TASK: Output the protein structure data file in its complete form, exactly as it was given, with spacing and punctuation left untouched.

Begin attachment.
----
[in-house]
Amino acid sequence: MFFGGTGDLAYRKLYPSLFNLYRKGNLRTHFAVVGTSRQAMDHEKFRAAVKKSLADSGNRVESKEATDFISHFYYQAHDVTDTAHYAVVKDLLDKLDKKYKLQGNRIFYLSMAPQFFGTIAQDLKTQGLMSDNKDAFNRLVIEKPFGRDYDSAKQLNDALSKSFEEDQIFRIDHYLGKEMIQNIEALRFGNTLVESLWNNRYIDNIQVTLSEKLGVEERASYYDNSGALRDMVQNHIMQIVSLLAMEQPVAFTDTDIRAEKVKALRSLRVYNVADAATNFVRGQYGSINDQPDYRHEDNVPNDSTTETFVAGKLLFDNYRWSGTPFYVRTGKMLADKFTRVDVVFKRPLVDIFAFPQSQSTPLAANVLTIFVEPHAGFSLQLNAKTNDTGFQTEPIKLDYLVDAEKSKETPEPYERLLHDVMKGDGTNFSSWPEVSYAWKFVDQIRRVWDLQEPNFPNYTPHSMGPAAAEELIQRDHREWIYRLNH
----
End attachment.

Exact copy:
[in-house]
Amino acid sequence: MFFGGTGDLAYRKLYPSLFNLYRKGNLRTHFAVVGTSRQAMDHEKFRAAVKKSLADSGNRVESKEATDFISHFYYQAHDVTDTAHYAVVKDLLDKLDKKYKLQGNRIFYLSMAPQFFGTIAQDLKTQGLMSDNKDAFNRLVIEKPFGRDYDSAKQLNDALSKSFEEDQIFRIDHYLGKEMIQNIEALRFGNTLVESLWNNRYIDNIQVTLSEKLGVEERASYYDNSGALRDMVQNHIMQIVSLLAMEQPVAFTDTDIRAEKVKALRSLRVYNVADAATNFVRGQYGSINDQPDYRHEDNVPNDSTTETFVAGKLLFDNYRWSGTPFYVRTGKMLADKFTRVDVVFKRPLVDIFAFPQSQSTPLAANVLTIFVEPHAGFSLQLNAKTNDTGFQTEPIKLDYLVDAEKSKETPEPYERLLHDVMKGDGTNFSSWPEVSYAWKFVDQIRRVWDLQEPNFPNYTPHSMGPAAAEELIQRDHREWIYRLNH